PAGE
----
Massachusetts state courts consists of five layers of courts, each designed to handle a specific aspect of justice for the state. These include District Court (with subsections of Housing, Juvenile, Land, and Probate/Family), Superior Court, Appeals Court, and Supreme Judicial Court.
Most civil and criminal matters begin at the district court level. If a person is arrested or wants to contest a ticket, district court is where the process begins: there are district courts in each county of the state, with multiple district courts in the larger more populated areas for a total of 61, including Boston Municipal Court. There are currently about 160 sitting judges assigned to district courts in Massachusetts.
Jurisdiction of district courts includes all violations of city and town ordinances and bylaws (such as a ticket for dumping trash illegally), all misdemeanors (petty theft, driving an unregistered vehicle); felonies punishable by 5 years in prison; civil cases with damages up to $25,000. Courts hold both jury and bench trials (decided by a judge); magistrates handle many civil issues.
Boston Municipal Court handles over 26,800 criminal matters per year (fiscal year 2015 statistics), 5,000 probation violation hearings and 3,400 abuse restraining orders. The court also hears over 17,000 civil motor vehicle infraction issues, over 10,000 small claims and 3,000 mental health cases.
State-wide, district courts in the larger cities naturally see more cases than smaller, less populous jurisdictions. The following are approximately the number of criminal matters each jurisdiction handled in 2015: Worcester 11,500; Springfield 10,200; New Bedford 8,000; Lawrence 7,800; Lowell 7,700; Quincy 7,300; Fall River 6,800. The following jurisdictions saw about 3,500 criminal cases in 2015: Attleboro, Barnstable, Chelsea, Framingham, and Holyoke.
There were nearly 223,000 civil cases brought before Massachusetts district courts in 2015, including 1,100 mental health cases in Brockton, 4,300 small claims cases in Lowell, over 700 administrative warrants issued in each of Lynn, Malden and Worcester; and over 1,000 restraining orders issued in each of New Bedford, Lowell, Quincy and Brockton.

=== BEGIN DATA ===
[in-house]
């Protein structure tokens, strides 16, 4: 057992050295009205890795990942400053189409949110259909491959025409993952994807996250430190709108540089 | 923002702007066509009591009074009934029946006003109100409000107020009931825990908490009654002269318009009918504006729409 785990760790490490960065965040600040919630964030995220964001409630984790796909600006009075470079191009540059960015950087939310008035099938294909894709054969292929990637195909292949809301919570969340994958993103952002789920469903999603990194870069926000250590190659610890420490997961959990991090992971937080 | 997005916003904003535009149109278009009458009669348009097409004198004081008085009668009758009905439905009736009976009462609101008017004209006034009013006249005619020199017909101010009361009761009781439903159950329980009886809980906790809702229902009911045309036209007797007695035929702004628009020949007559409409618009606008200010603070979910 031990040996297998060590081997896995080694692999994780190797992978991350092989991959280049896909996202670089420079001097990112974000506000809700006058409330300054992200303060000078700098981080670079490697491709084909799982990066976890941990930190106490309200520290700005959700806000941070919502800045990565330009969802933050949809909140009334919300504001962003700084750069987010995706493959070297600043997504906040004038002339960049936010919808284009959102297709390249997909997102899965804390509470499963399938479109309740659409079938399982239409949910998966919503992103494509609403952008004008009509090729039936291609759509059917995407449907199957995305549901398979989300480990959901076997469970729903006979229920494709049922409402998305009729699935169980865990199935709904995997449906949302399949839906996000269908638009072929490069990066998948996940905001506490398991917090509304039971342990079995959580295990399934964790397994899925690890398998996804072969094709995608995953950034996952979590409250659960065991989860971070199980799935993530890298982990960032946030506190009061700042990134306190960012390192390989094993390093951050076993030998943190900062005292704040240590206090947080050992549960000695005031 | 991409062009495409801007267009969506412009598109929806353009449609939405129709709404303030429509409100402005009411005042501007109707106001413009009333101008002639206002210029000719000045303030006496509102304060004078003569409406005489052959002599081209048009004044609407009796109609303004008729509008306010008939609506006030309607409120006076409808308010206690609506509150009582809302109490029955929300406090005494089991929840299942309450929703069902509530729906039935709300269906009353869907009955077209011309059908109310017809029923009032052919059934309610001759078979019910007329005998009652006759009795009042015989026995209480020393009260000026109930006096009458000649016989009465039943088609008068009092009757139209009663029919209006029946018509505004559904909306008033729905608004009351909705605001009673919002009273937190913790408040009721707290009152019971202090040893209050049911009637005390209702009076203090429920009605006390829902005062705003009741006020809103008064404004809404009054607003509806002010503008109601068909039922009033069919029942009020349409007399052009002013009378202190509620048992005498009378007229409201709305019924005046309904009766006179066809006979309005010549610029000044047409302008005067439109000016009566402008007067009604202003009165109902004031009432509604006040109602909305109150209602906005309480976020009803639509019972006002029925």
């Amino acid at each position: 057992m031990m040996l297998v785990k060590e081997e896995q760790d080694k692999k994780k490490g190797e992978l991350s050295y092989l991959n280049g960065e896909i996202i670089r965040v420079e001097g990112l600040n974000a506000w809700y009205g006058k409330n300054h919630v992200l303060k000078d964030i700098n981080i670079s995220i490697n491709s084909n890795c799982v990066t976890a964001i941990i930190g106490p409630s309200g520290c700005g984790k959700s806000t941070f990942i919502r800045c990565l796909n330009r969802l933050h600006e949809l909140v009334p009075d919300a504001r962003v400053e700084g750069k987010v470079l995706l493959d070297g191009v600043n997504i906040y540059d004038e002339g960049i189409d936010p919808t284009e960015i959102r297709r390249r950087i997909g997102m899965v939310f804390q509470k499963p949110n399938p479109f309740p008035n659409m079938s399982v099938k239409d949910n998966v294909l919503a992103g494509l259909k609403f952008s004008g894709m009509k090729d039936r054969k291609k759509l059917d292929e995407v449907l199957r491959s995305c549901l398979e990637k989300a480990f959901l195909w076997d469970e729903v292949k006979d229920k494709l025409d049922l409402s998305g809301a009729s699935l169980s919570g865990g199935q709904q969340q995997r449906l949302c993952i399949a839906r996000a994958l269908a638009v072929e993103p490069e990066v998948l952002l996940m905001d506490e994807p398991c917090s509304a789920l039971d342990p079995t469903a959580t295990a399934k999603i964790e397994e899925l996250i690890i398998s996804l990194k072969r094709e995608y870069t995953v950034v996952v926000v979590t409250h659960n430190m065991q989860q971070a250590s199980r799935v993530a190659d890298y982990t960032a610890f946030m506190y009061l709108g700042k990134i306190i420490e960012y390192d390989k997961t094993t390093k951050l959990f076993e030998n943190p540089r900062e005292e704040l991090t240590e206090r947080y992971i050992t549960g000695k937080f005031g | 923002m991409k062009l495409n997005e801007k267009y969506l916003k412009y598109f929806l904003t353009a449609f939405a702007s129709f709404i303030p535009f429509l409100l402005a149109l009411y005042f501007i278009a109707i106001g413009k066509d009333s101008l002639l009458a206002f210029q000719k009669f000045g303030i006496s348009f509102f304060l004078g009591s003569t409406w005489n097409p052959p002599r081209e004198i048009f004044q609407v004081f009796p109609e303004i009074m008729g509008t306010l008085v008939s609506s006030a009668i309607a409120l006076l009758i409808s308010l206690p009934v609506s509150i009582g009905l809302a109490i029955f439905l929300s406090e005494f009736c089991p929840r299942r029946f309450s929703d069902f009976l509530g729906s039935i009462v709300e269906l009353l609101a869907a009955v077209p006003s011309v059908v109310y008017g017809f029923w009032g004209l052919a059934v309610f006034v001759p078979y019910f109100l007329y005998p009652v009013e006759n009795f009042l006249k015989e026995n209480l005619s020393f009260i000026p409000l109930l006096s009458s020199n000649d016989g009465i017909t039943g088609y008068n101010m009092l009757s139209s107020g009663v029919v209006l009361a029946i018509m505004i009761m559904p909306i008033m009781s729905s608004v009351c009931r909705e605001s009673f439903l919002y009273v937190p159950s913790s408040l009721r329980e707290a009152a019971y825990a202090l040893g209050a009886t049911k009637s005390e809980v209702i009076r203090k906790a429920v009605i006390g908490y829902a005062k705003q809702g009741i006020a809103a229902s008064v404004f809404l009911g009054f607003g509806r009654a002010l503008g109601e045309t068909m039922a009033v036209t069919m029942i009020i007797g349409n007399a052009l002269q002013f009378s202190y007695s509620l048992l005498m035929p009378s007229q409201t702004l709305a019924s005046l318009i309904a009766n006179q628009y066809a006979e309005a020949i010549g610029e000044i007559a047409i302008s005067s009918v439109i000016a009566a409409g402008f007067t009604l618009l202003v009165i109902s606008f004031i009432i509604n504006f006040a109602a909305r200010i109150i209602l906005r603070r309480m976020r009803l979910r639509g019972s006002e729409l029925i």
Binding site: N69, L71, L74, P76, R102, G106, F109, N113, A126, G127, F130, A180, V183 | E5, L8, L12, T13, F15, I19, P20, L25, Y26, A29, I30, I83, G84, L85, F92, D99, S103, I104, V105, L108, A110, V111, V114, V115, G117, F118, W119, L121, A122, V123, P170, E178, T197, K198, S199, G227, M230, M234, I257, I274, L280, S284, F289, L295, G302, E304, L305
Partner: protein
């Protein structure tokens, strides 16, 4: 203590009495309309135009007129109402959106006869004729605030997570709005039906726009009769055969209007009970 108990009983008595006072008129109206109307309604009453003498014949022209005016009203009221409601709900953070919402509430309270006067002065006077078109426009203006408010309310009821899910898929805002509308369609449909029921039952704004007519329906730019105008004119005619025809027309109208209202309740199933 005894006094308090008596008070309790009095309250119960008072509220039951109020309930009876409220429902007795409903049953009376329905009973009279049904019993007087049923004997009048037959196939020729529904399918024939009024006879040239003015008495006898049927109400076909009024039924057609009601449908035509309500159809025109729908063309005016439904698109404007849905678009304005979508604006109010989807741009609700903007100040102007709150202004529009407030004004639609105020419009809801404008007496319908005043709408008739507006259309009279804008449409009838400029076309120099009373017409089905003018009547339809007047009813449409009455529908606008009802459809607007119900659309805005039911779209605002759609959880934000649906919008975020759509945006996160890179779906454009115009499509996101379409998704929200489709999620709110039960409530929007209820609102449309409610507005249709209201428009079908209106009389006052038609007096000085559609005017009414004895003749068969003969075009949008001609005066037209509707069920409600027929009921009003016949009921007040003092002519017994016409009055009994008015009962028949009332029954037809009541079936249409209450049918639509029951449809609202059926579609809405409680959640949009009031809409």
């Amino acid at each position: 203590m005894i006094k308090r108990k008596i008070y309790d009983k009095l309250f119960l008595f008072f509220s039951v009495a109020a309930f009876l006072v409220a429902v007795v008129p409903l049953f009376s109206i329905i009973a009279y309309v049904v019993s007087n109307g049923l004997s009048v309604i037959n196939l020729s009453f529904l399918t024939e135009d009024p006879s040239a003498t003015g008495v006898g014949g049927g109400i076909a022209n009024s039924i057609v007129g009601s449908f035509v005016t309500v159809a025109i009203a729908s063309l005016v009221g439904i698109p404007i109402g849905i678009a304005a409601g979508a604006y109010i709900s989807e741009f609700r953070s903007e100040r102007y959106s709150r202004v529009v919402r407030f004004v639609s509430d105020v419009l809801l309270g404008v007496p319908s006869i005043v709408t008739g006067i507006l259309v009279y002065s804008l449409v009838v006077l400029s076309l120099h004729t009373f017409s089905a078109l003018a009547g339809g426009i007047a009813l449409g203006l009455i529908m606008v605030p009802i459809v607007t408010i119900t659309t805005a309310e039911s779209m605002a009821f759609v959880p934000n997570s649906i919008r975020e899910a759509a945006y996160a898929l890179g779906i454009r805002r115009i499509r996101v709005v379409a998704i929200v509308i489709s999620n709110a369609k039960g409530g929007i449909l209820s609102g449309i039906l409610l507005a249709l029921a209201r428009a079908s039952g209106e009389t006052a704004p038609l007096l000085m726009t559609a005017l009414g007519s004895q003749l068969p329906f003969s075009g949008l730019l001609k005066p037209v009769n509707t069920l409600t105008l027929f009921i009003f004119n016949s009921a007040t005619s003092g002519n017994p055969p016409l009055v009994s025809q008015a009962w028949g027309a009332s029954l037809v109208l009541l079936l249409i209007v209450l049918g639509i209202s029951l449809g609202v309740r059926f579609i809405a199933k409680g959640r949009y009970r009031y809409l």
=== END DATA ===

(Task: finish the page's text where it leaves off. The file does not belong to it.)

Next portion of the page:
Massachusetts Housing Court: Housing court handles evictions, property damage cases, criminal cases that involve sanitary or building code violations (including appeals of tickets issued by inspectors), small claims, breach of contract and discrimination cases that stem from residential housing disputes. Mediators and free or discounted legal services are available to those with residential housing issues that may come before Housing Court. Jury trials are conducted in housing court.
For fiscal year 2015, statistics show Massachusetts Housing Court handled over 28,000 evictions (called summary process), 1,100 criminal cases, 4,700 civil cases, and 2,500 tickets for noncompliance with regulations.
There are more than a dozen regional housing courts in Massachusetts, but residents of several towns (all of those in Barnstable, Norfolk, Nantucket, and Dukes counties, as well as some towns in Middlesex and Suffolk counties) use local district courts instead.
Massachusetts Juvenile court: This court has jurisdiction over those under the age of 18 who are delinquent, in need of protection, youthful offenders (criminal charges), adoption, guardianship, and more. Proceedings are kept private; the public is not allowed to attend trials or receive information about most cases involving juveniles. There are 40 judges assigned to handle juvenile court cases in 41 locations across the state.
Recent statistics show Juvenile Court handles about 10,000 delinquency cases per year, over 700 guardianship cases, 387 paternity and over 10,000 care and protection or child in need of assistance cases.
Massachusetts Land Court: Foreclosures and zoning board decisions are primary functions of the state Land Court, which is comprised of seven judicial positions. Additional jurisdictions of the Land Court are redemption of real estate tax liens and portions of the Registries of Deeds. Land court handles about 2,400 new foreclosure cases per year and in fiscal year 2015 had about 9,700 requests for assistance for service members while approving 2,400 deeds. Offices for Land Court are headquartered in Boston but sessions may be held in various locations around the state.
Massachusetts Probate and Family Court: Divorces, guardianship, paternity, child support, estates, and legal name changes are all handled by Probate and Family Court, which has at least one location in each of the state's 14 counties (more if the county includes a large city). The total number of cases filed (most recent year's figures are for 2012) show 154,663 cases handled, including 3,200 legal name changes, 20,164 paternity cases, 1,438 adoptions, and 27,072 divorces.